Scale and Data Warehouse Performance
We know that scale is an important factor in the performance of a data warehouse.
A large FACT table may contain hundreds of millions of rows, and a full-table scan against this table could take days to complete.
What Does a Data Warehouse Need?
Since the earliest days of Decision Support Systems (DSS) of the 1960s, database professionals have recognized that internal processing for data warehouse applications is very different from Online Transaction Processing Systems (OLTP).
Data warehouse applications tend to be very I/O intensive, as the database reads trillions of bytes of information. Data warehouse systems require specialized servers that can support the typical processing that we see in data warehouses.
Most data warehouses are bi-modal and run batch process when new data is loaded, indexed, and summarized. The server must have on-demand CPU and RAM resources, and the database
management system must be able to dynamically reconfigure its resources to accommodate these shifts in processing.
While RAM costs continue to fall ever year, the speed of RAM access is constrained by silicon technology and has not improved in the past three decades.
Evolution Of The Data Warehouse
While the use of databases as a vehicle for complex data analysis is new, the need to perform complex data analysis has been with us for centuries.
Answering “what-if” questions, simulating the introduction of a new product, or determining the most profitable products are all legitimate business needs,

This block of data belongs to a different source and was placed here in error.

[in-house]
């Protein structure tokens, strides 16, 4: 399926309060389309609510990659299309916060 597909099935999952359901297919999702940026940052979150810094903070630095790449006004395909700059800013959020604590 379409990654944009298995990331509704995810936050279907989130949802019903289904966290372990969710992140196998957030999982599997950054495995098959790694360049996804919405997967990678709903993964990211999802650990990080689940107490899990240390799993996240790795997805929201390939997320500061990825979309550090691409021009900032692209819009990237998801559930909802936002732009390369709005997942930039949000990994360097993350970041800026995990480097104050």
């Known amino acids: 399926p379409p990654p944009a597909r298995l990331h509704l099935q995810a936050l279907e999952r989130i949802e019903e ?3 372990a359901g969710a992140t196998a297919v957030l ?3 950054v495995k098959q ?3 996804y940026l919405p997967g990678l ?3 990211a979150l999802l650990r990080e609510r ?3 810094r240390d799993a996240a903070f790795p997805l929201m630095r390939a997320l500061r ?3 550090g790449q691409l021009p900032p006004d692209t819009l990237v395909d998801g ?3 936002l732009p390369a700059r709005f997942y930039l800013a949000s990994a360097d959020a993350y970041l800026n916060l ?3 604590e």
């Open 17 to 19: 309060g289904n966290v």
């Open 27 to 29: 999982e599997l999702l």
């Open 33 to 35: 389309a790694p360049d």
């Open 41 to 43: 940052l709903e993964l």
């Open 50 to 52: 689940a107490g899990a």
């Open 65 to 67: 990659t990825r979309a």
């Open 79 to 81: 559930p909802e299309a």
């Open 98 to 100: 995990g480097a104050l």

and the advent of the data warehouse did not herald the first time that computers had been used to solve these types of tasks.
In fact, computers have been used to solve complex types of data analysis problems since their earliest commercial inception in the 1950s.
Essentially, the nature of the questions that data warehouses solve has not changed in four decades. The summarization of numbers, the aggregation of associated data, and data variance analysis is nothing new.
Evolution Of Data Management Platforms
Regardless of the sophistication of a database manager, it remains true that all databases are constructed from simple data structures such as linked lists,
B-trees, and hashed files. In reviewing the building blocks of database systems, it is possible to gain a historical perspective on the evolution of
databases, and to remember the past, so that we are not condemned to repeat it.
The following pages are a historical review of database evolution, showing each of the enhancements that were introduced with each new architecture. It
is also important to review the problems inherent to each database architecture. As you will see, there are striking similarities between object-oriented
databases and earlier database architectures. By understanding the historical reason that object-oriented databases have evolved into their present form, we
can gain insight into the future trend and directions of databases.
Today's Oracle professional must be an expert in database performance and tuning, database
administration, data warehousing, using OLAP and spatial data, and other areas.
These robust features of Oracle present unique challenges to anyone who must use Oracle technology to deliver solutions to complex data-oriented challenges.
Oracle, the world's leading database management system, provides a vast wealth of features and options.
The Oracle market is filled with new possibilities as Oracle introduces the
management of objects, data warehouses, and Web-enabled applications; Oracle professionals everywhere are struggling to understand how to exploit these new features.